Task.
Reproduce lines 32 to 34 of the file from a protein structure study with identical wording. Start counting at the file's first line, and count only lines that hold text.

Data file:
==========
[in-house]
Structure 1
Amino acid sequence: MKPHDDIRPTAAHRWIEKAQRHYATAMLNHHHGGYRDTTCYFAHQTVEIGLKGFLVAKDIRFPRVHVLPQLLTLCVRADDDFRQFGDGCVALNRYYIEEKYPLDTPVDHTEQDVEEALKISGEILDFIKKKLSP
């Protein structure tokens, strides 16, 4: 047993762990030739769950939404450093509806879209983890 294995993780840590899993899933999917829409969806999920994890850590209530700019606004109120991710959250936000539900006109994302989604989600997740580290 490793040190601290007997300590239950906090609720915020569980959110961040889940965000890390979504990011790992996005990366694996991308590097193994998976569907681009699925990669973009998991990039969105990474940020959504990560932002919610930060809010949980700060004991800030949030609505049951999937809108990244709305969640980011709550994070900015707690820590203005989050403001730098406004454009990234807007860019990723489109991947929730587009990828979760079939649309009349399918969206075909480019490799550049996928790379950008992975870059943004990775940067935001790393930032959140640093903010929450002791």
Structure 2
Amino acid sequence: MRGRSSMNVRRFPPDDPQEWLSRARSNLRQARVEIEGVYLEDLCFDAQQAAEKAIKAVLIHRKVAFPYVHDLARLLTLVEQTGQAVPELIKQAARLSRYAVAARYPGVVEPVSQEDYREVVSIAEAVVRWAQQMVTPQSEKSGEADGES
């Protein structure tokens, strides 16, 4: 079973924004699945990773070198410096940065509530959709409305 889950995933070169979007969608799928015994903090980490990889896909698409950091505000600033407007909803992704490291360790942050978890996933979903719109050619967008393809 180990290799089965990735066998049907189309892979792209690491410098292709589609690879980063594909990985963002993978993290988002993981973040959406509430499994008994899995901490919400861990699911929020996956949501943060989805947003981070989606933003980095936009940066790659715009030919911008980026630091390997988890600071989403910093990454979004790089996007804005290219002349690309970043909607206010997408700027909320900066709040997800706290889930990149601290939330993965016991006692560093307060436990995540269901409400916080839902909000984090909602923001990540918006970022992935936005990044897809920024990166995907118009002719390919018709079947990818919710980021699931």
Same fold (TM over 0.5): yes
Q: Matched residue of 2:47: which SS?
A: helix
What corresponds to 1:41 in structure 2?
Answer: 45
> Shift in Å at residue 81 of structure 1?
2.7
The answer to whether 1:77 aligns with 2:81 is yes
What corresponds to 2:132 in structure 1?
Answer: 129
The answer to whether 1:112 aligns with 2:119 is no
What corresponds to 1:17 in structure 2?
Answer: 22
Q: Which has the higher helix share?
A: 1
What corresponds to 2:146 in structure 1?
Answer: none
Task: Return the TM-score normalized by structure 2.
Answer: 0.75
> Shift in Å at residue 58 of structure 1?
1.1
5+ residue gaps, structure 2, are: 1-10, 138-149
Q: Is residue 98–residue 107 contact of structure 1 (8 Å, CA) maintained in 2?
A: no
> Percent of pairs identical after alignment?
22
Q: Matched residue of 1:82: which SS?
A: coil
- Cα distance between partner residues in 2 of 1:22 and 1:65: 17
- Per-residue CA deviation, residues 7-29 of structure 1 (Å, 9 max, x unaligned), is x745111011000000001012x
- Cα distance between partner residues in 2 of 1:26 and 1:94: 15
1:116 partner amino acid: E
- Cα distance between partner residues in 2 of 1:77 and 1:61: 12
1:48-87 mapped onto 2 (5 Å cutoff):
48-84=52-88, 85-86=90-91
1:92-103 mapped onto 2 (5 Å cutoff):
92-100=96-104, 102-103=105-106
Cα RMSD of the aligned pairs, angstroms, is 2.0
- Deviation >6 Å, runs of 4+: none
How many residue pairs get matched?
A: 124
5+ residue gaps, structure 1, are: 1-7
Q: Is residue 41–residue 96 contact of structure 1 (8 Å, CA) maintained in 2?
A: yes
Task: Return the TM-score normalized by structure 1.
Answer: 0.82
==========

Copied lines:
> Percent of pairs identical after alignment?
22
Q: Matched residue of 1:82: which SS?